NAIROBI (Thomson Reuters Foundation) – Women are due to get a bigger say in Kenya’s climate change policies after female parliamentarians representing its 47 counties joined a group that has been pushing for gender balance from the local up to the national level.
Kenya’s new constitution provides for one seat per county that can only be contested by women. After the March general elections, for the first time, all counties have a female representative in the National Assembly.
Last month these representatives all signed up to work with a non-governmental organisation called Kenya Climate Justice Women Champions (KCJWC), raising hopes that efforts to tackle climate change will become more sensitive to women’s concerns.
Kenya’s rural woman are grappling with numerous challenges, including poverty, preventable diseases and the impacts of climate shifts on farming and other aspects of their daily lives, yet they are always under-represented in decision making, Tiyah Galgalo, female Member of Parliament (MP) for Isiolo County, said at an event to launch the collaboration.
“To improve the working conditions of our women, we are going to bridge the gap between the smallholder women farmers in the village and the top decision-making organs at both the national and international levels,” said Galgalo, one of the northeast region’s first women graduates and a long-time advocate for women rights.
The recently elected female MPs believe that, by acting as women’s “champions” on climate change, they can generate political goodwill that will help strengthen livelihoods, food security and health throughout Kenyan society.
They have committed to becoming ambassadors for the rights of women who are bearing the brunt of climate change, as highlighted by fellow “champions” at the grassroots level.
“We are lucky all the 47 women (MPs) have accepted to represent their respective counties at the policy-making level. This is an important ingredient that was lacking in our organisational structure,” said Cecilia Kibe, national coordinator for the KCJWC, which was set up in July 2010 by a group of professional Kenyan women.
FOOD & CHILD CARE PROVIDERS
Campaigners have called for more attention to the specific impacts of global warming on women, not least because they play the most important role in ensuring food security, especially in developing countries.
According to the U.N. Food and Agriculture Organisation (FAO), women produce up to 80 percent of basic foodstuffs in sub-Saharan Africa and the Caribbean. In Asia, they provide between 50 and 90 percent of labour for rice cultivation, an industry that supplies many African countries including Kenya.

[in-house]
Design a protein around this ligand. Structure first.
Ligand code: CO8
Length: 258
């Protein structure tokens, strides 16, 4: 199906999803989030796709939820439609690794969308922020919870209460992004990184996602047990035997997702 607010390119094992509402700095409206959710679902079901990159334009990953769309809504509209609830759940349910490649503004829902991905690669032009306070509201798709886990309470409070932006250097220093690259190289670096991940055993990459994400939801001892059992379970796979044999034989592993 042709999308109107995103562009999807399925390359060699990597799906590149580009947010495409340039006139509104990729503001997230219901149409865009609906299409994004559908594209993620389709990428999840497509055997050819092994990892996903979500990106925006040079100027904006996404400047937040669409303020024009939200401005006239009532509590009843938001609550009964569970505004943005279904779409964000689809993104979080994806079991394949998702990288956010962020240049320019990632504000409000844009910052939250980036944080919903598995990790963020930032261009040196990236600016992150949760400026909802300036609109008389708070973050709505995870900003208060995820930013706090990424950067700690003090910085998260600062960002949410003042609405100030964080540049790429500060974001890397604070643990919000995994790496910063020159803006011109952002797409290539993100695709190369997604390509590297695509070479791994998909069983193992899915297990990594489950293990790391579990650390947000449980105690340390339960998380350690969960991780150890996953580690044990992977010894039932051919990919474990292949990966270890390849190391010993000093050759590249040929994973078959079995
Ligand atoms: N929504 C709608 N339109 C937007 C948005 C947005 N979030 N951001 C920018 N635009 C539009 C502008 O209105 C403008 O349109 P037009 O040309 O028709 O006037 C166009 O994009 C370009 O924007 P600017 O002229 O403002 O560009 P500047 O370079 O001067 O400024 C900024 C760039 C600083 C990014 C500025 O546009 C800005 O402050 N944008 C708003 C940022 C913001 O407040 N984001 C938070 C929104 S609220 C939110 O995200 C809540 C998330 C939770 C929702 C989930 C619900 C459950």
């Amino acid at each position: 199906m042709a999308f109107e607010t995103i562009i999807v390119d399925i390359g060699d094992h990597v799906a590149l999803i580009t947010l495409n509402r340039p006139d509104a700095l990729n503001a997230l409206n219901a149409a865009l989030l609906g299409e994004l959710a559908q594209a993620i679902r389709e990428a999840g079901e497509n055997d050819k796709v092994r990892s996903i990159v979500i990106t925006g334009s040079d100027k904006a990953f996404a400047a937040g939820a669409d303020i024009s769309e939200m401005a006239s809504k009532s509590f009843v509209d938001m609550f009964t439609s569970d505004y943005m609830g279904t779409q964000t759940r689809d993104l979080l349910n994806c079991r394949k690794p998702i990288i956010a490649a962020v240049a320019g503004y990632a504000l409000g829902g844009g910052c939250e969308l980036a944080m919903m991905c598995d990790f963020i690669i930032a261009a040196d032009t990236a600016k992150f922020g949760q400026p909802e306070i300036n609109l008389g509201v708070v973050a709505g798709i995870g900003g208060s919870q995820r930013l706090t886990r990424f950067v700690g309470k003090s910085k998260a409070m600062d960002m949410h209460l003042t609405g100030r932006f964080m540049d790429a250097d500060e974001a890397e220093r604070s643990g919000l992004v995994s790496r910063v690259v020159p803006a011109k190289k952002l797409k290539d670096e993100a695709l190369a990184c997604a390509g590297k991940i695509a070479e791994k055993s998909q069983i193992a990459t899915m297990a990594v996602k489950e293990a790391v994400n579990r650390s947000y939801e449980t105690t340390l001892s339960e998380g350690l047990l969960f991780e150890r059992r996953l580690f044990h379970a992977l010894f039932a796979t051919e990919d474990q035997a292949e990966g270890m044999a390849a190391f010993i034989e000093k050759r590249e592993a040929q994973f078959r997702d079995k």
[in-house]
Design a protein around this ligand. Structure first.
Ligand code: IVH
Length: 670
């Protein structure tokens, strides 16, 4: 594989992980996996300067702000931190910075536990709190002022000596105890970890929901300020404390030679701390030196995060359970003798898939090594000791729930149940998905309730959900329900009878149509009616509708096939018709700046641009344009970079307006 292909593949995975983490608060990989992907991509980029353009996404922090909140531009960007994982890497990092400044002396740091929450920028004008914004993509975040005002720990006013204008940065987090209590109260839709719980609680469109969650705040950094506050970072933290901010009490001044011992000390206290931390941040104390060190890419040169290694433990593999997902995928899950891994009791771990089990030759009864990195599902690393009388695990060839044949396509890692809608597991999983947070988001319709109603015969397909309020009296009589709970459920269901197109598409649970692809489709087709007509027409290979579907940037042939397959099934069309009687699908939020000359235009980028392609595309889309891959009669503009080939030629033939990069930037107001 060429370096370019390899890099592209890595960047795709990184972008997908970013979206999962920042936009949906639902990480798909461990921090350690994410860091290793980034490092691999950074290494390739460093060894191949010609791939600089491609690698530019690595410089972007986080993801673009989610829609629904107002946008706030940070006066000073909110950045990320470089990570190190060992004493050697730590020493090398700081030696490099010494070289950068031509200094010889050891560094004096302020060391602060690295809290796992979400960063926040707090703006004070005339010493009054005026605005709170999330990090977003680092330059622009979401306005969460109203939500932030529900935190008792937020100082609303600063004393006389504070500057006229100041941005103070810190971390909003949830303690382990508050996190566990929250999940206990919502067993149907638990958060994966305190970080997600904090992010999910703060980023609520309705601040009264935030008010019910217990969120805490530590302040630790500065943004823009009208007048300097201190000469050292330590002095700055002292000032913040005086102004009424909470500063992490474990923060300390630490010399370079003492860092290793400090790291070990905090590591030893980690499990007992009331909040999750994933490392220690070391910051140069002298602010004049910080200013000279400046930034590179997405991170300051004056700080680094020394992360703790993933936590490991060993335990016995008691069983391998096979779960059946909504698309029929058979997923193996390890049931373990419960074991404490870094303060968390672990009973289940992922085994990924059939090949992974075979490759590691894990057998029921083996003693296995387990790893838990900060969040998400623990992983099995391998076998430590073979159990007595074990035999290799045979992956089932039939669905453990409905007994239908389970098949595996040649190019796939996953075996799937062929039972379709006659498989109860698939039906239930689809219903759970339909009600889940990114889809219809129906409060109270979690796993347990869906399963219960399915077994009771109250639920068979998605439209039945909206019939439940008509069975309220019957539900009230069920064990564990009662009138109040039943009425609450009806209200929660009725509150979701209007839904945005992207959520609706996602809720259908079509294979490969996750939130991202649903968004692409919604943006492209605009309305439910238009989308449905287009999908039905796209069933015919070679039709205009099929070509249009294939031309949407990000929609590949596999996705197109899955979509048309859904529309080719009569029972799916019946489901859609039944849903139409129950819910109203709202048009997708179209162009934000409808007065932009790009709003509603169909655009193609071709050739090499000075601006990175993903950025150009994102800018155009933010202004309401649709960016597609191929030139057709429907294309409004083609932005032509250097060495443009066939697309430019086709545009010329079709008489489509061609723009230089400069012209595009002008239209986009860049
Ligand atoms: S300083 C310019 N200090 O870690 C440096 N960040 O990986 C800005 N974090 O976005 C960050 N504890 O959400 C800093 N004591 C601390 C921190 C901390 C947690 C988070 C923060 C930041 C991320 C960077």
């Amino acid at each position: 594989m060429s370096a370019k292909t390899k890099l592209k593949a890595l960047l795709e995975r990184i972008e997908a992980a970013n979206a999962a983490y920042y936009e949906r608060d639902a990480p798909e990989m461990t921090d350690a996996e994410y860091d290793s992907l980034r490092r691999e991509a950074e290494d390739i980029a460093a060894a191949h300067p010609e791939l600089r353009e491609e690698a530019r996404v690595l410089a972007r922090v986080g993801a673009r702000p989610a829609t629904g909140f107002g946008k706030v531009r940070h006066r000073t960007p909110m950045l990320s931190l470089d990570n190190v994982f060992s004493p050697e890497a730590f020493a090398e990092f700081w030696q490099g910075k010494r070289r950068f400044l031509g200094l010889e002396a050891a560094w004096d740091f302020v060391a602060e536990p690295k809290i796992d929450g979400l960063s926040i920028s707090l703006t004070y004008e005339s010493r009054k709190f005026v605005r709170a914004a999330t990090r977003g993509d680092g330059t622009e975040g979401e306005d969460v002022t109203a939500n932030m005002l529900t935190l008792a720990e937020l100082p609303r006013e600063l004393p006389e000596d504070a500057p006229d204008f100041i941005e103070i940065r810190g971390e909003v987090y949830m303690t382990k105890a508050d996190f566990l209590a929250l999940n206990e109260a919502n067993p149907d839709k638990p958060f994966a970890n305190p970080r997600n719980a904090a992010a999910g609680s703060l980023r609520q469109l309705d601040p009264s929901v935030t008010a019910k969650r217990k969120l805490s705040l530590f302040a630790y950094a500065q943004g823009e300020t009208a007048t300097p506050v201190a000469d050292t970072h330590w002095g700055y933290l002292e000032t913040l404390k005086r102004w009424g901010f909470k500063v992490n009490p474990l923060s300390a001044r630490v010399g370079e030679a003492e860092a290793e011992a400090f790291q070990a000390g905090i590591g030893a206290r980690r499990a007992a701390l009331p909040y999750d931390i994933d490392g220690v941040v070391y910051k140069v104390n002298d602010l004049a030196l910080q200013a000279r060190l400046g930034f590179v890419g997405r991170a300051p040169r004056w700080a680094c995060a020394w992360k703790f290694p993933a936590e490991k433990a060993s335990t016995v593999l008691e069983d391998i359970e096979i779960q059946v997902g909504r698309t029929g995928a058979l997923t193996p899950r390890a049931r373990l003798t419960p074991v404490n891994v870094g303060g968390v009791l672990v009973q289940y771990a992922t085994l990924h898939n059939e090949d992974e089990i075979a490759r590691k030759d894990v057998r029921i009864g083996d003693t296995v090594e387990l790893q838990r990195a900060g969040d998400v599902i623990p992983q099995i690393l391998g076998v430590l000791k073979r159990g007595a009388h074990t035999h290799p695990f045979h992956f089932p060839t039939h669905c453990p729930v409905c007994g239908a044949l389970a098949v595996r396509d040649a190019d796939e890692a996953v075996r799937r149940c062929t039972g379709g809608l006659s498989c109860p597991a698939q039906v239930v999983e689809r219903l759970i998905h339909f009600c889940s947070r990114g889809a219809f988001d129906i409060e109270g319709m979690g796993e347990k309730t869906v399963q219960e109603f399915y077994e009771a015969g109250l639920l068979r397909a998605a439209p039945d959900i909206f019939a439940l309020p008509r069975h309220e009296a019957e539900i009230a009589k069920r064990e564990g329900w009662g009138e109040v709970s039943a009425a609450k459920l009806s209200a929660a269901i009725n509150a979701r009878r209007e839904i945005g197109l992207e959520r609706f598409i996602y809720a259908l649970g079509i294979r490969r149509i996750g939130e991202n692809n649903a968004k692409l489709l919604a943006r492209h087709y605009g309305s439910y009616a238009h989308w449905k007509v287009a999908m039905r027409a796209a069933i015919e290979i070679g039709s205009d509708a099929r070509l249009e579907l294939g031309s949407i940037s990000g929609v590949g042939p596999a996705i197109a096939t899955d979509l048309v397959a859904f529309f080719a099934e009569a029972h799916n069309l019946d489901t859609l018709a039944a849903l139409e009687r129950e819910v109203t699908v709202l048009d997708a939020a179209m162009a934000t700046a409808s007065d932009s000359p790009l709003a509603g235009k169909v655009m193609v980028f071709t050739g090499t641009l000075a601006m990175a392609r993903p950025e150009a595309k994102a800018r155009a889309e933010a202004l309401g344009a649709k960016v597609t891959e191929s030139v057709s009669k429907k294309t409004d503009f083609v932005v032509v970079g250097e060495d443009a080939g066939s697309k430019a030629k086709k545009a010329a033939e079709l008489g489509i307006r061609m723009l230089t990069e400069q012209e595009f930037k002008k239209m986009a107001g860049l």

“It pains me when I see women queuing to have their kids receive malaria treatment, women toiling on farms to produce food, women walking long distances in search of water, and women sleeping in the cold with children because their houses have been swept away by floods, yet they have no voice in climate change policy-making processes at any level,” said Catherine Wambilianga, women’s MP for Bungoma County in western Kenya.
This region has always enjoyed climatic conditions that were favourable for farming. But that is no longer the case, due to climate-related disasters such as prolonged dry spells, floods and landslides, Wambilianga observed. The shifting climate heaps an additional burden on women, who are also largely responsible for child care, she added.
The main aims of the Kenya Climate Justice Women Champions movement are to unite voices, lobby for space in climate change negotiations, and help women adapt to new climatic conditions by backing community-based groups.
The partner MPs have already started collecting views from smallholder farmers through climate change advocacy forums organised by the KCJWC. The information gathered will be used to craft future policies on climate change.
Denittah Ghati, women’s representative for Migori County in western Kenya, said that when it comes to new agricultural or energy technologies, for example, there is a need to assess what is feasible in different communities, what problems might arise, and how effective the technologies are likely to be for rural women before recommending them to national decision makers.
Kibe from the women champions’ movement agreed that the impacts of climate change are most visible on the ground where women live and work, and so any interventions to help them should be guided by their experiences.
So far, the organisation has worked mainly with small farmers in rural areas, where it has pushed for women to become more involved in policy making through local administrative structures and advocacy forums it has hosted at the county level.
The group has already gained 426,000 female and 110,000 male members, who are working to promote climate- and gender-aware approaches across the country.
As a result, women have begun boosting their incomes by planting drought-tolerant crops, growing indigenous vegetables for nutritional purposes - especially for children and people living with HIV/AIDS - and adopting green farming practices such as agroforestry.
“As much as rural women remain the most vulnerable to climate change, they are also capable of creating change and adaptation within their communities,” said Kevin Kinusu, climate change officer for Oxfam.
“The truth is that the answers to most climate change-related issues of national and international concern lie with local people, who have ideas and relevant solutions. And that is the route we want to follow,” emphasised Isiolo MP Galgalo.
Isaiah Esipisu is a journalist specialising in agricultural and environmental reporting. He can be reached at firstname.lastname@example.org
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